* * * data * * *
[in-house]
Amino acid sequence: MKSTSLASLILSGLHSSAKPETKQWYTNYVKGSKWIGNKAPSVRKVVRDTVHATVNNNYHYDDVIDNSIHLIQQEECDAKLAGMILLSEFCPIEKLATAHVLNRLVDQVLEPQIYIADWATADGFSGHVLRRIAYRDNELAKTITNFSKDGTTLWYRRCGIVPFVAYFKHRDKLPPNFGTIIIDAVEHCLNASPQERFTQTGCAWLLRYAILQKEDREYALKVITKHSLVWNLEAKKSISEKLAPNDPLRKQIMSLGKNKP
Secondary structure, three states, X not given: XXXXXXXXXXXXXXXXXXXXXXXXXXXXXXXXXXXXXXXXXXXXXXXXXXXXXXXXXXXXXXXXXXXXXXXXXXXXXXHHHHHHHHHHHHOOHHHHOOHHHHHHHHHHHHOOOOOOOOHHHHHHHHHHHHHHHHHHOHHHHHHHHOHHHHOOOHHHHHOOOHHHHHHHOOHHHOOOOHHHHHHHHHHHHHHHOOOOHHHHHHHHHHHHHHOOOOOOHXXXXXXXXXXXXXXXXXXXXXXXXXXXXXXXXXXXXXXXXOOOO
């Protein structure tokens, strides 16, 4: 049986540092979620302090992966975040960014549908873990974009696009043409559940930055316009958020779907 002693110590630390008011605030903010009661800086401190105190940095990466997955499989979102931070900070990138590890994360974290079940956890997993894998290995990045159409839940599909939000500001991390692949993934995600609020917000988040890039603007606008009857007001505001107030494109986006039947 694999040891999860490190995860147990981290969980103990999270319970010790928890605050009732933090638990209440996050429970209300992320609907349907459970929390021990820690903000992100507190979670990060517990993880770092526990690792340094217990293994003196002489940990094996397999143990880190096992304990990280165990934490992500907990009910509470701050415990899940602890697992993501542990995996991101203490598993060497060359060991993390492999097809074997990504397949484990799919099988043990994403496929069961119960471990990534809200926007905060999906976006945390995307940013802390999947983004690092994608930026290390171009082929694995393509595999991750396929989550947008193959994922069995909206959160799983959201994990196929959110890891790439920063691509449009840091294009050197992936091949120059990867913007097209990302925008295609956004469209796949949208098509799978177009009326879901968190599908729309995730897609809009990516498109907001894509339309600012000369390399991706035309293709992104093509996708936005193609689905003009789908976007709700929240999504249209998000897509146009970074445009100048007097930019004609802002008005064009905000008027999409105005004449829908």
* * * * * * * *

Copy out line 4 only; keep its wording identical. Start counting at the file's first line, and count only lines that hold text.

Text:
């Protein structure tokens, strides 16, 4: 049986540092979620302090992966975040960014549908873990974009696009043409559940930055316009958020779907 002693110590630390008011605030903010009661800086401190105190940095990466997955499989979102931070900070990138590890994360974290079940956890997993894998290995990045159409839940599909939000500001991390692949993934995600609020917000988040890039603007606008009857007001505001107030494109986006039947 694999040891999860490190995860147990981290969980103990999270319970010790928890605050009732933090638990209440996050429970209300992320609907349907459970929390021990820690903000992100507190979670990060517990993880770092526990690792340094217990293994003196002489940990094996397999143990880190096992304990990280165990934490992500907990009910509470701050415990899940602890697992993501542990995996991101203490598993060497060359060991993390492999097809074997990504397949484990799919099988043990994403496929069961119960471990990534809200926007905060999906976006945390995307940013802390999947983004690092994608930026290390171009082929694995393509595999991750396929989550947008193959994922069995909206959160799983959201994990196929959110890891790439920063691509449009840091294009050197992936091949120059990867913007097209990302925008295609956004469209796949949208098509799978177009009326879901968190599908729309995730897609809009990516498109907001894509339309600012000369390399991706035309293709992104093509996708936005193609689905003009789908976007709700929240999504249209998000897509146009970074445009100048007097930019004609802002008005064009905000008027999409105005004449829908």